The main gate to the Shiseibyô Confucian temple on Kume Ôdôri
  • Other Names: 唐栄、唐営 (Touei)[1]
  • Japanese/Okinawan: 久米(Kumemura / Kuninda)

Kumemura, or Kuninda in the Okinawan language, was a walled district of Naha, the chief port city of the Kingdom of Ryûkyû. Located on the island of Ukishima, it was a community of members of the scholar-bureaucrat class, and the chief center of Confucian learning in the kingdom. The vast majority of government administrators and officials came from the families of Kumemura. The community was also responsible for the introduction of much of the Confucian and Chinese influence otherwise into Ryukyuan popular & folk culture, with many practices and philosophies being adopted within Kumemura first, before spreading into the broader population. Members of the Kume community were central to Ryukyuan foreign relations, serving as translators and interpreters, and as embassy officials on missions to Edo and Beijing, as well as heading the reception of Chinese investiture envoys in Ryûkyû, and drafting official diplomatic documents.

The community was said to have been founded in 1393 by thirty-six families from China, and the Ryukyuans (as well as the Chinese and Koreans) who lived there were, to some extent, continually thought of as "Chinese," or at least as coming from different stock than other Ryukyuans, even after many generations passed (and after much intermarrying had occurred). Many scholars today suggest that the number "thirty-six" is really meant to simply indicate "many," and that while conventional wisdom has it that these families came chiefly or exclusively from Fuzhou, in fact some at least are believed to have come from Zhangzhou, Taizhou, and Quanzhou. Further, while the myth of the 36 families suggests they came as a single distinct group, this concept more likely refers to a more general flow of some number of unrelated families over a period of some years, from a variety of places - in other words, to a more general immigration event.

By the mid-15th century, the community was surrounded by earthen walls, and contained around a hundred homes. The main thoroughfare, Kuninda Ufumichi (J: Kume Ôdôri), cut across the district, running from the "Great Gate" (O: Ufujô, J: Ômon) which served as the entrance to the neighborhood in the southeast, to the Nishinjô ("Northern Warrior Gate") in the northwest. These gates were grand structures, in a style similar to that of the Shureimon of Shuri castle.[2] According to feng shui conceptions of the town's layout, the Great Gate was the neck of a dragon, Kuninda Ufumichi its back, and the Northern Gate as its tail, with the great stones of Nakashima, just across the river in Izumisaki, as the dragon's pearl, or wish-granting jewel. Two stones by the Great Gate represented the dragon's eyes, and two trees its horns.[3] The Taoist temple Tensonbyô lay to the north of the road, while two Tenpigû temples to the sea goddess Matsu (aka Tenpi) lay to the south. A natural spring called Yuuna-nu-kaa, located near the center of the village, served as one of the chief communal sources of fresh water.[4]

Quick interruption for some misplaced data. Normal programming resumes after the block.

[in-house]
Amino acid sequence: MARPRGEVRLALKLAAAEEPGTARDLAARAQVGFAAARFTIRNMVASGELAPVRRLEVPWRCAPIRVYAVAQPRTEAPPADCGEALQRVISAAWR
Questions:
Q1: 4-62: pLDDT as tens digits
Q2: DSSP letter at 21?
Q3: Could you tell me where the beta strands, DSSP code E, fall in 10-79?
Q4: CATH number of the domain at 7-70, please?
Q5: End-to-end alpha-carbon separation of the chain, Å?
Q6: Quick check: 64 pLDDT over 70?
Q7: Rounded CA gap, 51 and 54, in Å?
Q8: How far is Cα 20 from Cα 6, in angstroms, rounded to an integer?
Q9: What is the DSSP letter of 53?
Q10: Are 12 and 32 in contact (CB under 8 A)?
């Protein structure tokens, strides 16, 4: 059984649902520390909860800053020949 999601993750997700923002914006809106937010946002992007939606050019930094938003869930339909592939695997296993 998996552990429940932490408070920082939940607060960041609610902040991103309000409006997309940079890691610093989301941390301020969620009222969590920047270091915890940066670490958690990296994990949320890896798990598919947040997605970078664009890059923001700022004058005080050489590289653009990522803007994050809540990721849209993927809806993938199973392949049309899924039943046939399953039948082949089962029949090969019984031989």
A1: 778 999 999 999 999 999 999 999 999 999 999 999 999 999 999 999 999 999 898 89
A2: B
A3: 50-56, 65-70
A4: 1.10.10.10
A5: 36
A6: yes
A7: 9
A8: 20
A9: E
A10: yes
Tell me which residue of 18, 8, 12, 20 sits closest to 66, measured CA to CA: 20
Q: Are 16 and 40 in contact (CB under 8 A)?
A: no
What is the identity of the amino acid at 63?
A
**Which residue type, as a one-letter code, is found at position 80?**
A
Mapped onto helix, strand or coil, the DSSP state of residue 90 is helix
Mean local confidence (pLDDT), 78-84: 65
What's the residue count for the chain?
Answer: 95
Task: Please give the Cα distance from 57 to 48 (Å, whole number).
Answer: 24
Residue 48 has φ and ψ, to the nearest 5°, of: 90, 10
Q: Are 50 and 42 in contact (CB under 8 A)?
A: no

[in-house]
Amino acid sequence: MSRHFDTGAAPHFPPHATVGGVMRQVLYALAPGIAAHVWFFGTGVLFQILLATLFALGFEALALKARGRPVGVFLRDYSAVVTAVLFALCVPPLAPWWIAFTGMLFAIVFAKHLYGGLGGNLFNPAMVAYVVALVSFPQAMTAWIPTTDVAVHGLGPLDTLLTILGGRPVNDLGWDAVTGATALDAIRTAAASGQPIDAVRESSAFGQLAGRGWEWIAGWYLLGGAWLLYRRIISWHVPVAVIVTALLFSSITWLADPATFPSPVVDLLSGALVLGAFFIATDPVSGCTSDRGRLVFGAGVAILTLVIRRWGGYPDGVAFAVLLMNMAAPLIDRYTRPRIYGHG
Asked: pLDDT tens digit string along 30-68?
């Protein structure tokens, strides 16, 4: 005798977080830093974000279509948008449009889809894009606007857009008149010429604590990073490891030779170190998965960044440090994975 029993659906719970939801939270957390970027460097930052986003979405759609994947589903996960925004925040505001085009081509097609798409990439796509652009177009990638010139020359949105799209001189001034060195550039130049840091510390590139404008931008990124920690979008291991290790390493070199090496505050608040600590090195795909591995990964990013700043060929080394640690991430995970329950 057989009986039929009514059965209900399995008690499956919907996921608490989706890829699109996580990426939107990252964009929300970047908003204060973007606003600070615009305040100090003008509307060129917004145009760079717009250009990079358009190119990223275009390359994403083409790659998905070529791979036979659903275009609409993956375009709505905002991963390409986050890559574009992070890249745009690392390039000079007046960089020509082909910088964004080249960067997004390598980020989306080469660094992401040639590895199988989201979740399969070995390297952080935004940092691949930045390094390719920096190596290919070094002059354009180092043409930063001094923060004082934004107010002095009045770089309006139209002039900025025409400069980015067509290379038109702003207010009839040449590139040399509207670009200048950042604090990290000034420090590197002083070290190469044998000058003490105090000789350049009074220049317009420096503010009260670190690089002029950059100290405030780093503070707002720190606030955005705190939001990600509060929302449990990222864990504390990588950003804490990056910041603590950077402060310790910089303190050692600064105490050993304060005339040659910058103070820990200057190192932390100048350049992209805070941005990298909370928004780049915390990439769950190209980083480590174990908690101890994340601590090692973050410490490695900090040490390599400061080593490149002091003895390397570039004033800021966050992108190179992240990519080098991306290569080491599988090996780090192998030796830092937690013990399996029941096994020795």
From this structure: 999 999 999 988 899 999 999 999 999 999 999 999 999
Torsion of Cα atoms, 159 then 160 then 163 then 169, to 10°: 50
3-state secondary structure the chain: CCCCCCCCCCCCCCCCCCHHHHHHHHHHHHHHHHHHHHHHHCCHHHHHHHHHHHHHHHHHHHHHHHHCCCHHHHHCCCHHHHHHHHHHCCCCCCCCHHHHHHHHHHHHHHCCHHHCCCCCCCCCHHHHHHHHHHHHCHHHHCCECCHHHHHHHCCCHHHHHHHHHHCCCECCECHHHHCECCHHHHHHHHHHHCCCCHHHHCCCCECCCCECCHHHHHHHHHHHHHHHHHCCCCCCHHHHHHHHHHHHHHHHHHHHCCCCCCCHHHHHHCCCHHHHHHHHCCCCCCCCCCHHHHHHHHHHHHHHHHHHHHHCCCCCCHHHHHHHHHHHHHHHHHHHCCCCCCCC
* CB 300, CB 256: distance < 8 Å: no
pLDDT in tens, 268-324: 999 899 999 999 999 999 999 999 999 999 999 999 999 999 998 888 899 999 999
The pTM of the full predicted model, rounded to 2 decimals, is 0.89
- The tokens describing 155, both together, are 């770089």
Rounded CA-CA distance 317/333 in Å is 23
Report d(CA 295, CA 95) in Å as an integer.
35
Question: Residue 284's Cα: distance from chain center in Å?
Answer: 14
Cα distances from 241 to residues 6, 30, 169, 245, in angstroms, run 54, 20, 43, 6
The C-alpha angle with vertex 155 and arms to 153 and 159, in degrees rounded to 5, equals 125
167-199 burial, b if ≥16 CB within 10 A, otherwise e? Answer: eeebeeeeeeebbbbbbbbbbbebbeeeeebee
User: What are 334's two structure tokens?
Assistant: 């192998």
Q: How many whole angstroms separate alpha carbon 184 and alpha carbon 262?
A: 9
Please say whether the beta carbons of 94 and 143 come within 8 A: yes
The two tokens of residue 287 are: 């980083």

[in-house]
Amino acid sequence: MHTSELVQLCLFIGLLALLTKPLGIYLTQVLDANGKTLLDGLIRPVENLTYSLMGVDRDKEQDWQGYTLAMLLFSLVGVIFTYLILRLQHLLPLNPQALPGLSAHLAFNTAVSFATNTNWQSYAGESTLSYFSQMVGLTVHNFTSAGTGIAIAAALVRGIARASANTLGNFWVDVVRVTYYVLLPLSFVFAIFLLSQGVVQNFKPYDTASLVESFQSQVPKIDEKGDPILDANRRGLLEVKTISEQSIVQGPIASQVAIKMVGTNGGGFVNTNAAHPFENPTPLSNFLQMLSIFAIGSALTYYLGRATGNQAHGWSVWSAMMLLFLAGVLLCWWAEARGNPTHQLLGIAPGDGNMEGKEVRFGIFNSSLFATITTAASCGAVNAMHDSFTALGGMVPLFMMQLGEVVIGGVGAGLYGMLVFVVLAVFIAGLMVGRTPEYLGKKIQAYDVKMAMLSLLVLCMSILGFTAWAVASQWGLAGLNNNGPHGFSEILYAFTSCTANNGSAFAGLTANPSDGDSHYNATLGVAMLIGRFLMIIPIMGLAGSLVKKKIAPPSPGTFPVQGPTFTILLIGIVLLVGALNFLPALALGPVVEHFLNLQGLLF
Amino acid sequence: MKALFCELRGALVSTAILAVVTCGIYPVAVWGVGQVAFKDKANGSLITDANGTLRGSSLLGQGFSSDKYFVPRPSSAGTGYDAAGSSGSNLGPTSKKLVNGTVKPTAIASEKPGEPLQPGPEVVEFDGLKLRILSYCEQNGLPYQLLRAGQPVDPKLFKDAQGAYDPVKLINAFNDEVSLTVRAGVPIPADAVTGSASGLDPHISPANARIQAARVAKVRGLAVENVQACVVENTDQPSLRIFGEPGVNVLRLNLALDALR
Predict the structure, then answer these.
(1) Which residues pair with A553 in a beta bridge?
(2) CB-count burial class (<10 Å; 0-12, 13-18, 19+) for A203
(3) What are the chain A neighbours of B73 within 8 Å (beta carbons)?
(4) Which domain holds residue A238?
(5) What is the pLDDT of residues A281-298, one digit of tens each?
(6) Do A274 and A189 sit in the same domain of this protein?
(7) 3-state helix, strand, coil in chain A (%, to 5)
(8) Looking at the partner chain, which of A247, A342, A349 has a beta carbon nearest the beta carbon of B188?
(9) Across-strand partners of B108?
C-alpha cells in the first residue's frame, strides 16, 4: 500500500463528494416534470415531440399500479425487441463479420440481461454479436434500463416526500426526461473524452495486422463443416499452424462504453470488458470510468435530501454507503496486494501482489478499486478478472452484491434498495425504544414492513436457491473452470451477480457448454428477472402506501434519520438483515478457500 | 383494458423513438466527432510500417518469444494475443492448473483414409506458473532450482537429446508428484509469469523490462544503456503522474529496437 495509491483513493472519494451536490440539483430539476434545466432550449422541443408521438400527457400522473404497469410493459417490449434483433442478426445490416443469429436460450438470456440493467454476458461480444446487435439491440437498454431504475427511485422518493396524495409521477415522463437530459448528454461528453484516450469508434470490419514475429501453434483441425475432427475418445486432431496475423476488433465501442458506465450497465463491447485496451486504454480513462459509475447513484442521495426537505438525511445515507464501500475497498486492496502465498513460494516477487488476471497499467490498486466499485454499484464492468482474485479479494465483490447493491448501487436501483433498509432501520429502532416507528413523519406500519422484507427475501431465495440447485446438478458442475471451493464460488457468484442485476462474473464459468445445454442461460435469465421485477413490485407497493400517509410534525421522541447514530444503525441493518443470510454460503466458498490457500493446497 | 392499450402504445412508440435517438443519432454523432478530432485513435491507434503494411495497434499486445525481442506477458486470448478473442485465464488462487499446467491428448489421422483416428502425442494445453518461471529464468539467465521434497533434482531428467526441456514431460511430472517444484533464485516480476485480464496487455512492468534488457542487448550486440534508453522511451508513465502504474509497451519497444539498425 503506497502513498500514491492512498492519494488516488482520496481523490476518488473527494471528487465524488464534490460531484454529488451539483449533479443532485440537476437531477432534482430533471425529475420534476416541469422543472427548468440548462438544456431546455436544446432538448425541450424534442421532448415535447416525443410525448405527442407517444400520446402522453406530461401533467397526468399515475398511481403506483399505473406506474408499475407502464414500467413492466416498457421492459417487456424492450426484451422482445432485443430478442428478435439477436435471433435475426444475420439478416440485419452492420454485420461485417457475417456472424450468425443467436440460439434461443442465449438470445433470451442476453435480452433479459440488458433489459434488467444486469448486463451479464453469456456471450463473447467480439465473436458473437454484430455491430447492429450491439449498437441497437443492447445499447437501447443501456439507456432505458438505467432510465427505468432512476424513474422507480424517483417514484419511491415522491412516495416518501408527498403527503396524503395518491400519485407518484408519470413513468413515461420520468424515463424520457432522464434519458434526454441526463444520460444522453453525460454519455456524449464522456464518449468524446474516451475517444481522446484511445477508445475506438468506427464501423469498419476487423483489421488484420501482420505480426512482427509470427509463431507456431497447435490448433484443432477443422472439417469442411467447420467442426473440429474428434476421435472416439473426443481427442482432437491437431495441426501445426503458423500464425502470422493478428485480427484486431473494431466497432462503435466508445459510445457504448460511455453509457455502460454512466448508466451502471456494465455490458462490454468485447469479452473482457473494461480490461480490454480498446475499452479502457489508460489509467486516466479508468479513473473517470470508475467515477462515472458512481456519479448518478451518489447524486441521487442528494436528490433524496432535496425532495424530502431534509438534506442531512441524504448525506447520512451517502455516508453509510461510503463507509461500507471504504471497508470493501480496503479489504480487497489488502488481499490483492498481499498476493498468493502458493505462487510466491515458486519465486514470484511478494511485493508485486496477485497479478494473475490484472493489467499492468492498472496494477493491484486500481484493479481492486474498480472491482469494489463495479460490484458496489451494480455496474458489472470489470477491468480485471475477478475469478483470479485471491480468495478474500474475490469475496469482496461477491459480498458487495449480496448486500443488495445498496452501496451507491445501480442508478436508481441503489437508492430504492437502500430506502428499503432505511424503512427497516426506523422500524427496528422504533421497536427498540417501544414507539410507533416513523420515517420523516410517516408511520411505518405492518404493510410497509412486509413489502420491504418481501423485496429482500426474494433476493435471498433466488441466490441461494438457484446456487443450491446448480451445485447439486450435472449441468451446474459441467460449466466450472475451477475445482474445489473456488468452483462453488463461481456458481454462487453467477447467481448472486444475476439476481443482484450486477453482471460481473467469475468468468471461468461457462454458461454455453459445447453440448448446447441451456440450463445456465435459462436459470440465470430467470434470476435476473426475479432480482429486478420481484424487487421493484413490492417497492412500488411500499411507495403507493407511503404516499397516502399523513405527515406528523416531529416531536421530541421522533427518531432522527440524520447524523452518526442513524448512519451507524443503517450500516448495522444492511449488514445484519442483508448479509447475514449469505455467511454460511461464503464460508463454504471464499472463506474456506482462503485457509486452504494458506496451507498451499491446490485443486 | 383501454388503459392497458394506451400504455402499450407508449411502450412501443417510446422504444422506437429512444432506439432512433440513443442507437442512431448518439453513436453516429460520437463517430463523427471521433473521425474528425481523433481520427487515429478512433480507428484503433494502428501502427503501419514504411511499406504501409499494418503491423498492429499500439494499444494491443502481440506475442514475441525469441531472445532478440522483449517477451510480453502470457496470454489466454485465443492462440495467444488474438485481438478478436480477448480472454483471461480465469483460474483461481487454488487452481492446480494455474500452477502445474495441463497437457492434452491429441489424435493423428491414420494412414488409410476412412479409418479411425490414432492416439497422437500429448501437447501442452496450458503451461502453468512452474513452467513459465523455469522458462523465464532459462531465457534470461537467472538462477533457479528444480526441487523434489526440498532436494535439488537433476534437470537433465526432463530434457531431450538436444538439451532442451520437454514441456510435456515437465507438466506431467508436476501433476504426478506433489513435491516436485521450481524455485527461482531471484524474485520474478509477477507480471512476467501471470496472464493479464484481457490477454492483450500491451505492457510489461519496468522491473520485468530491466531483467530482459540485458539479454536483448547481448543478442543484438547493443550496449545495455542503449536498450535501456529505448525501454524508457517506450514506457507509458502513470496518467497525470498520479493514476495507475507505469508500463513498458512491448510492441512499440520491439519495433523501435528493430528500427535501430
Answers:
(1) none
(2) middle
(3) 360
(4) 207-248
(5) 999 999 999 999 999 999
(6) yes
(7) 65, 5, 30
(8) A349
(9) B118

The community began to decline in the 16th century, as the kingdom's foreign trade connections declined, due to shifts in Ming maritime trade policies, and the entrance of Europeans into the trading networks. As early as 1606, it's said only six lineages remained (the Sai (蔡), Tei (鄭), Tei (程), Rin (林), Kin (金), and Ryô (梁)).[5] According to one source, around that time there were perhaps as few as thirty elderly residents, and some number of children, in the community.[6] The 1609 invasion of Ryûkyû also had a detrimental effect upon the community. The royal government worked to restore tributary and investiture relations with China, however, and also transferred the family registers of a number of Naha and Shuri elite families to Kumemura, and so the community began to revive. These families, along with those descended from Chinese immigrants more recent than the original 36 families, were known as shinnyû tôei jin, or "newly entered people of the Chinese community [i.e. Kume]." By the late 19th century, just before the fall of the kingdom, as many as ten out of twenty-five Kume families (or 40%) were of one of these newer lineages; only fifteen families (or 60% of the Kume aristocracy) traced their lineage back to the 36 families.[7]

The community responded to the fall of the Ming Dynasty by initially rejecting the Manchu Qing Dynasty and turning away from Chinese culture towards more native Ryukyuan practices. However, before long they recognized their potential role in leading an effort to strengthen the kingdom's Confucian and (Ming) Chinese cultural practices and cultural character, and were encouraged by the royal court to do so. With the support of the royal court, the community thus revived, and led the 17th-18th century sinification of the kingdom, introducing considerable Confucian or Ming cultural influences into many aspects of government structure, practices, and rituals. As early as the 1670s, top Kumemura official Kin Seishun established a Confucian temple in the village, and had teachers of Confucian reading and recitation teaching the Confucian classics. In the 1680s, students began to be sent to Beijing again, after a hiatus in that practice of several decades following the violence and tumult surrounding the fall of the Ming.[6] A Confucian academy known as the Meirindô was established in Kumemura in 1718.